Liberty Matters

Forbidden Metaphors, Empiricism, and another Case Study

"So different is the world of ideas from production of physical goods that one should not even in a metaphorical sense speak of the structure of production of ideas.""The influence of classical-liberal theorists on classical-liberal policies is an empirical question, not one to be settled by a priori reasoning."
On Answering Empirical Questions
I couldn't agree more with David Gordon about the need to ask empirical questions about how ideas are produced and distributed, and how they influence public policy. My current research and publishing interest in the Leveller Tracts of the 1640s and 1650s, and the French classical- liberal economists around Frédéric Bastiat and Gustave de Molinari in the 1840s and 1850s deal precisely with these matters.[130] I would also add that the previous Liberty Matters discussions of the Institute of Economic Affairs, the Anti-Corn Law League, and the work of Deirdre McCloskey on the intellectual origins of the Industrial Revolution also focus ed on this same thing.[131] It was a result of these empirical studies that I came to think that Austrian capital theory might provide some insights of a more abstract nature which might help explain how ideas and their means of transmission come to be produced and distributed over long periods of time, and to help us see if there are any glaring gaps in our own activities in the present.
I had hoped that David Gordon would have told us more about the strategies adopted by the Mises Institute for its programs, especially its online Academy -- why it chose this strategy over others (there are opportunity costs related to ideas and strategies as there are to goods and services), in what ways it improves on strategies used in the past, and where it sees this form of the dissemination of classical- liberals ideas heading in the future.
Ideas might be Free but Books are not: the Production and Distribution of the Ideas in Rothbard's Man, Economy, and State
Ideas may or may not be immortal, but they are embodied and transmitted in physical objects like the pages in a book, or dots of light on a computer screen or tablet, which do decay over time. Books have to be edited, published, distributed, and sold in the market place, and re-edited and republished in different formats as the times dictate. E-books in many cases are a product of printed books which have been coded to HTML, formatted by programmers and designers, and then distributed via a website. That more than one person can think "Rothbardian thoughts" at the same time is not disputed; nor is it disputed that that one can reproduce these same "Rothbardian thoughts," at least in theory, at a negligible cost by pushing a key on a computer keyboard. But to teach these thoughts to another person and to assist him in understanding them requires a thoughtful editor, a knowledgeable teacher, a classroom (which may be virtual), some willing students, and suitable teaching materials -- as well as funders and organizers who make all this possible. These latter things are precisely what the Mises Academy has been providing since its founding in 2010.[132]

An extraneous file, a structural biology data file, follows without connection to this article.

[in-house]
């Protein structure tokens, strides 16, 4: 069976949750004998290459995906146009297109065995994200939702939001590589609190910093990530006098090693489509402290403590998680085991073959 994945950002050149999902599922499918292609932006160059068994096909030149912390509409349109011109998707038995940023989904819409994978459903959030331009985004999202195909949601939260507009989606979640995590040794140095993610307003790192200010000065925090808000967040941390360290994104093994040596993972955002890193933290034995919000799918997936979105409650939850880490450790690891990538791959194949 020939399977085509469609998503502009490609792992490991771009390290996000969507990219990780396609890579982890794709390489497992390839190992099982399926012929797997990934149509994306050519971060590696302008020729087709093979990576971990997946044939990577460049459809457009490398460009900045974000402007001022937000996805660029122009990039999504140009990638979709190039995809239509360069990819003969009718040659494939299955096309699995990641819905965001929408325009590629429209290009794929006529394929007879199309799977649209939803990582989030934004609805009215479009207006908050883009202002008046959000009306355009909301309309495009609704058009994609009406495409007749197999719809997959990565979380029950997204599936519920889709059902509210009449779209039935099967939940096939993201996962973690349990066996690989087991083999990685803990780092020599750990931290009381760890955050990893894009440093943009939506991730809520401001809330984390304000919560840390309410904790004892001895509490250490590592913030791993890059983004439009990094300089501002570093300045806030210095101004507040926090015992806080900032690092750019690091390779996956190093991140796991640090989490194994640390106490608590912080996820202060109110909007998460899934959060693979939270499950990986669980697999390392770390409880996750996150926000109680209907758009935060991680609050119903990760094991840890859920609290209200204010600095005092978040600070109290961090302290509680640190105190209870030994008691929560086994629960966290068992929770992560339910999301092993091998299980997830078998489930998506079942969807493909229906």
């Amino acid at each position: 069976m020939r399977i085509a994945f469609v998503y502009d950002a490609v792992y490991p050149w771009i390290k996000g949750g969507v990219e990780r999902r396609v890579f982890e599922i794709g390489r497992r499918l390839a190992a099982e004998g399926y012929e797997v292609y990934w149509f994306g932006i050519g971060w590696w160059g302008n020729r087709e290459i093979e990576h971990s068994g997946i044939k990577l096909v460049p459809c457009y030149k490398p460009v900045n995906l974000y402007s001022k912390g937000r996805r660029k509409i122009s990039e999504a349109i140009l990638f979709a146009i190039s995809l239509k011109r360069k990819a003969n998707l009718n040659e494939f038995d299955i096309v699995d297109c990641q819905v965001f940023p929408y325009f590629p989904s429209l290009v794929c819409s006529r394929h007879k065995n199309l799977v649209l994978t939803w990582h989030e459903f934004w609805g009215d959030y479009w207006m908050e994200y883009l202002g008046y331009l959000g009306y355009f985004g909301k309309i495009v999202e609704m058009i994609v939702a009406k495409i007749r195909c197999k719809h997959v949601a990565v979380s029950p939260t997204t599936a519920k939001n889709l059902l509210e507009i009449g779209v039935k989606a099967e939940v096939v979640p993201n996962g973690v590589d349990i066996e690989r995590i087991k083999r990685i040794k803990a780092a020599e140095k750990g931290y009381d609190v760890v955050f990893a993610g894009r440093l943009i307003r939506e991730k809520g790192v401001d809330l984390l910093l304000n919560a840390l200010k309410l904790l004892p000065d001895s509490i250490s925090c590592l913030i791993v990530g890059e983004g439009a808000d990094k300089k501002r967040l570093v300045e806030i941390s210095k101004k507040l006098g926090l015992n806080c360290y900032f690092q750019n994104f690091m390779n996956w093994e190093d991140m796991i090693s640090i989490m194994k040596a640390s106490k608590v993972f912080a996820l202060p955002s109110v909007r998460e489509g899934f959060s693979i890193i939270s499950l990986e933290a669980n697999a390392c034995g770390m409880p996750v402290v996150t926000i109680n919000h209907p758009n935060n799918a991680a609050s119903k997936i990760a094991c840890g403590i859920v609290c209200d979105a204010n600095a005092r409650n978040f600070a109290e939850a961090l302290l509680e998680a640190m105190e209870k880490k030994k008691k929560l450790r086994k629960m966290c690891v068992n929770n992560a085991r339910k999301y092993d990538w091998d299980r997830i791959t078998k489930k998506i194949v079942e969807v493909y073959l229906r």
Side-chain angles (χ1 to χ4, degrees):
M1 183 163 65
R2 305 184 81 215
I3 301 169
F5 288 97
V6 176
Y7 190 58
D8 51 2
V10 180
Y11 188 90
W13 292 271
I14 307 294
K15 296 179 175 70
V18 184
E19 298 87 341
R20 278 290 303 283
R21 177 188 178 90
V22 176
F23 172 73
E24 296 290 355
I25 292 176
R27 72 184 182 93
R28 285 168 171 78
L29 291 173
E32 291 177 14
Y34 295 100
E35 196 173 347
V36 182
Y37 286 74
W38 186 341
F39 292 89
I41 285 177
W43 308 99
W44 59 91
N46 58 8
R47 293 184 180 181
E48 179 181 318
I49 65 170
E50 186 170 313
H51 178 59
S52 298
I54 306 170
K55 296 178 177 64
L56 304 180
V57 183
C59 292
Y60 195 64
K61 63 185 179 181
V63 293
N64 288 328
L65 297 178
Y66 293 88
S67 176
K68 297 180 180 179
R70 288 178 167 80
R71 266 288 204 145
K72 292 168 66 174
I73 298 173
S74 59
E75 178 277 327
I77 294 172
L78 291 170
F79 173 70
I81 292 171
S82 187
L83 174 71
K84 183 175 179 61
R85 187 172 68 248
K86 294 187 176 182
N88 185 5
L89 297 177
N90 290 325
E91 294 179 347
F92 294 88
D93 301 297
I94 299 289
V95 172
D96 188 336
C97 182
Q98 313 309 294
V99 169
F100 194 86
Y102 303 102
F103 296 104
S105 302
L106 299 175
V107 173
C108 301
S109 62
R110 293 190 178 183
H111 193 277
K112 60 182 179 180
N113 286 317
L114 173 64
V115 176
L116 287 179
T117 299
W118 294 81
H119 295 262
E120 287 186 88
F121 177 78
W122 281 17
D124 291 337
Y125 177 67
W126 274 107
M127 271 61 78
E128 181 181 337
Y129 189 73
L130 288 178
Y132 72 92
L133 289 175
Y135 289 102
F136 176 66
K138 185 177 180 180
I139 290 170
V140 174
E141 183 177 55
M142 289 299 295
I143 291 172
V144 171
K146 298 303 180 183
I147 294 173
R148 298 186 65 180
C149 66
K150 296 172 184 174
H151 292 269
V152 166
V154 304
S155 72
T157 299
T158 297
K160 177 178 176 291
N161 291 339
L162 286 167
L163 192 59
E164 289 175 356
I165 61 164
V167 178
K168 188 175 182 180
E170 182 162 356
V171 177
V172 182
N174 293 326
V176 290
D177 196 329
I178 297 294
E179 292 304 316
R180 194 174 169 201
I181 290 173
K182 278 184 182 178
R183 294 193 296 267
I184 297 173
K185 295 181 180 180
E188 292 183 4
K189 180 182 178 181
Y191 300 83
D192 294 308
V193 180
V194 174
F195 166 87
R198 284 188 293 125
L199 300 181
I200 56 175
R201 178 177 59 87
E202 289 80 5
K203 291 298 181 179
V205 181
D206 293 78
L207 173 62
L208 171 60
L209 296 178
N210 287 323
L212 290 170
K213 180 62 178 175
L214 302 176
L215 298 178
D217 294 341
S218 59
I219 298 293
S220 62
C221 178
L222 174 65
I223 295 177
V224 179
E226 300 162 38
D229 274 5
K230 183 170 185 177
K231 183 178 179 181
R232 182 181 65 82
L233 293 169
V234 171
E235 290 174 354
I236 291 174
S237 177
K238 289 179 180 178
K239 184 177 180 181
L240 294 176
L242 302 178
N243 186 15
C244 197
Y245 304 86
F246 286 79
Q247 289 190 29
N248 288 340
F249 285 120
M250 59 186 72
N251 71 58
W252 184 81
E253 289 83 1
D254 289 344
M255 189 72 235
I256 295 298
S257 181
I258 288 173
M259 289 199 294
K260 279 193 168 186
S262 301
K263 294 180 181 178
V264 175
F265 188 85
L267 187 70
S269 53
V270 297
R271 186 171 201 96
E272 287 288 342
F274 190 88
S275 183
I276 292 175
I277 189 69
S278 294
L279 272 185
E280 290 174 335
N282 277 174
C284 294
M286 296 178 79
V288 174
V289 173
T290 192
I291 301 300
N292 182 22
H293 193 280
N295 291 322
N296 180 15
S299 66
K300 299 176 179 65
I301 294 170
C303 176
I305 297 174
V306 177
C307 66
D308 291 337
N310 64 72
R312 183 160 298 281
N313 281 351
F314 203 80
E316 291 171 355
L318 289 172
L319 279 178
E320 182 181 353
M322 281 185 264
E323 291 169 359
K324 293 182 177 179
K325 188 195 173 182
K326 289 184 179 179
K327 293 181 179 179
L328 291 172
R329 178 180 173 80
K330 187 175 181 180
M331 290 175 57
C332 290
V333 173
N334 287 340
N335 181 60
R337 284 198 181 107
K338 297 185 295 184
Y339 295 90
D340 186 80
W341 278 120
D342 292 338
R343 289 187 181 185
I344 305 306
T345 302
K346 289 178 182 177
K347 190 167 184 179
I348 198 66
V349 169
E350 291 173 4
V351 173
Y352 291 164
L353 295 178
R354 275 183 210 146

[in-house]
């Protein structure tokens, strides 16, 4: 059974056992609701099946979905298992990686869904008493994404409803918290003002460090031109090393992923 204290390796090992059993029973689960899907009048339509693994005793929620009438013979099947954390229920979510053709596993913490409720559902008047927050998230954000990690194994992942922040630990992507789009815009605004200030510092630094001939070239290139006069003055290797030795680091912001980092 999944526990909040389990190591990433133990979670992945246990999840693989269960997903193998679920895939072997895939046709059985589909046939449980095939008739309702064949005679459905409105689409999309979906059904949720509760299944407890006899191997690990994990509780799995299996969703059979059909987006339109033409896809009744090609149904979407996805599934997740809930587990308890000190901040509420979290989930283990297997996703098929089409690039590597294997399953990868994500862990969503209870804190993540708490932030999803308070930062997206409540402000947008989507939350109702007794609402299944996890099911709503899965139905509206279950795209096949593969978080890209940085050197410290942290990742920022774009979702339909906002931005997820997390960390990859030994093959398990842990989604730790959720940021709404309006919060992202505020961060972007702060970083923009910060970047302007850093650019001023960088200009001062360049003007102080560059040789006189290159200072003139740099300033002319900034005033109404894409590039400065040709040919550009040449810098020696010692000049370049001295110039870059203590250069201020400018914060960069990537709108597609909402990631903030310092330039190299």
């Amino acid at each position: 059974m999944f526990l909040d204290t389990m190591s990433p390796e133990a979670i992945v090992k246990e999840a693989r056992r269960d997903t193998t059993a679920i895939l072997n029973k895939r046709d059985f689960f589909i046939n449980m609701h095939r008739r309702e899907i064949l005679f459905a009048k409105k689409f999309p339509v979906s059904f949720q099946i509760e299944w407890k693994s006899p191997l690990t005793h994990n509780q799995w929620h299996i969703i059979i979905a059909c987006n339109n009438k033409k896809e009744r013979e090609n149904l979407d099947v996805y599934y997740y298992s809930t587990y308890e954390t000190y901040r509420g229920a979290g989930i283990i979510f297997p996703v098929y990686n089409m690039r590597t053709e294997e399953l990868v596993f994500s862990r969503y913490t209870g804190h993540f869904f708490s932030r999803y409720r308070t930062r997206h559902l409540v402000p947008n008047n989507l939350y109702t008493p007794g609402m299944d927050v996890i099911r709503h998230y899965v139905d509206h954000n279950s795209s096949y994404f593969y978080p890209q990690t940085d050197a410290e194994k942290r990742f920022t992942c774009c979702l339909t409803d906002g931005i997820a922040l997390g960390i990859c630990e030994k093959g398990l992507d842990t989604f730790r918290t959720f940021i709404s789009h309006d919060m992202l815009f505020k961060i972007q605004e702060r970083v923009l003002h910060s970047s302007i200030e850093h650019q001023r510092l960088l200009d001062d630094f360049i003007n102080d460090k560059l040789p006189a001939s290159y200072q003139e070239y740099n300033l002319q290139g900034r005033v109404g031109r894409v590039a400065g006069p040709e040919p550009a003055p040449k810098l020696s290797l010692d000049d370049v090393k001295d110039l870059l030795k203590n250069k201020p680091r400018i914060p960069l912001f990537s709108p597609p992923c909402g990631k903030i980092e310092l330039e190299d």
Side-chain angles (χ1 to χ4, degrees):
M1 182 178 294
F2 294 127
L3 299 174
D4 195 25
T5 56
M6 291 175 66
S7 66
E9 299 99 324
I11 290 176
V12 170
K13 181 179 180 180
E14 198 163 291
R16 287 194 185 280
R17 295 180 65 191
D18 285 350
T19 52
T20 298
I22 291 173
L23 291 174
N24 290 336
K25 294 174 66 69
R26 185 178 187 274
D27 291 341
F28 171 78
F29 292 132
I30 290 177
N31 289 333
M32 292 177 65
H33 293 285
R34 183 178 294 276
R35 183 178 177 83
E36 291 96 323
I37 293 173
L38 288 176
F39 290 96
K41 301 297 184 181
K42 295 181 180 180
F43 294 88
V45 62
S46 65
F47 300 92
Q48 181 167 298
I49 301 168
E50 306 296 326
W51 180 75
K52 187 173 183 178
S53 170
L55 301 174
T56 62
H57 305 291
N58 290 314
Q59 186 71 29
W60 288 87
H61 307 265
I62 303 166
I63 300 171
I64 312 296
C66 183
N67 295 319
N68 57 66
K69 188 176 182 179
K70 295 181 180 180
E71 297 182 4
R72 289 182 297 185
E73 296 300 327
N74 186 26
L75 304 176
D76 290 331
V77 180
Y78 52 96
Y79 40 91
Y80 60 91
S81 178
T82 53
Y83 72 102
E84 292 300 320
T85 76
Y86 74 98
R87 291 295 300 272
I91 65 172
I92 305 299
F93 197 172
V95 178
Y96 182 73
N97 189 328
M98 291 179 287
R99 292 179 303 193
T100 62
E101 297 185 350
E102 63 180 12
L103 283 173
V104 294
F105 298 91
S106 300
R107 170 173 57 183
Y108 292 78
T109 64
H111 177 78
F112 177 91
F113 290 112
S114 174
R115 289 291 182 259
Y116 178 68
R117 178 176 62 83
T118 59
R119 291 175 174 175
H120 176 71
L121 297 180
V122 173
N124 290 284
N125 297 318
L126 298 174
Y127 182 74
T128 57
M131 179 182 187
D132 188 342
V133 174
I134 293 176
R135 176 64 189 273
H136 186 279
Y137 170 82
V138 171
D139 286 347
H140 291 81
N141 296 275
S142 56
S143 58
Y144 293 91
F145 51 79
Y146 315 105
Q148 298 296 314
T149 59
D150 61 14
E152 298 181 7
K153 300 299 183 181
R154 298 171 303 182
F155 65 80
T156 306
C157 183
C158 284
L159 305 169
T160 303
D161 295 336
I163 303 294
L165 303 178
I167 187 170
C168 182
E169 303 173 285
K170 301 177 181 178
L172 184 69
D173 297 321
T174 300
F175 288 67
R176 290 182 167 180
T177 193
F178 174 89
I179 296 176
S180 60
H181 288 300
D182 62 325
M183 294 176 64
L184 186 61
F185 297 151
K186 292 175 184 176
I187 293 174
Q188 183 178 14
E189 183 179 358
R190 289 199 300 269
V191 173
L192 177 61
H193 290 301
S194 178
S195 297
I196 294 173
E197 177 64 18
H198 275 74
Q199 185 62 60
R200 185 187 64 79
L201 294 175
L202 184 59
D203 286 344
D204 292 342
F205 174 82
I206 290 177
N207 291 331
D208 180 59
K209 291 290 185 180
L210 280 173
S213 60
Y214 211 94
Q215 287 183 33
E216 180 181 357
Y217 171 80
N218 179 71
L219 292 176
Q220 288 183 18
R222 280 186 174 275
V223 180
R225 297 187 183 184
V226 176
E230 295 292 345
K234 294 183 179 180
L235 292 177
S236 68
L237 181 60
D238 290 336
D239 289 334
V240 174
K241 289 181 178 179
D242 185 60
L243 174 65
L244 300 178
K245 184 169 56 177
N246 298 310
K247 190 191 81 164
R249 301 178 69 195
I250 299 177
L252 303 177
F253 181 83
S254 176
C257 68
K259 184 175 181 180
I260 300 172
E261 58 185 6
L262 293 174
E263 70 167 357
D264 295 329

To take one set of ideas as an example, Rothbard's Man, Economy and State (1962), we can draw a line from its origins in the 1950s to its use in one of the Mises Academy's online courses today. Its publication, distribution, and use was the result of the purposeful action of many individuals over a long period of time and at considerable cost, and involved the activities of a number of far-seeing and patient investors and entrepreneurs of ideas.
Rothbard of course attended Mises seminar at New York University in the 1950s and learnt at the feet of the master. Rothbard's book was conceived by some far-seeing intellectual entrepreneur in the William Volker Fund who thought there should be a more accessible version of Mises's magnum opus Human Action (1949) in order to reach a broader market for ideas. That entrepreneur persuaded the investors and managers who ran the Fund that there might be a market for such a book and that Rothbard was the man to write it. Funding was arranged for Rothbard to write the book, which he did during the 1950s. The project grew in scope and became much more than a textbook (as originally intended) but a major Austrian economics treatise in its own right. The intellectual entrepreneurs of the Volcker Fund were persuaded that this change in plans for the book was sound and that that they should continue funding Rothbard until it was completed. The conception and undertaking of this book project is an excellent example of the highest order of production of ideas by an original thinker. The project was interrupted when it was decided (under quite strange circumstances) to wind up the Fund in 1963. Rothbard's textbook-turned- treatise became Man, Economy, and State, which was published in 1962 but still in an incomplete form. The final section, Power and Market, appeared later in a separate volume in 1970 published by the Institute for Humane Studies, a spin-off from the now- defunct William Volker Fund.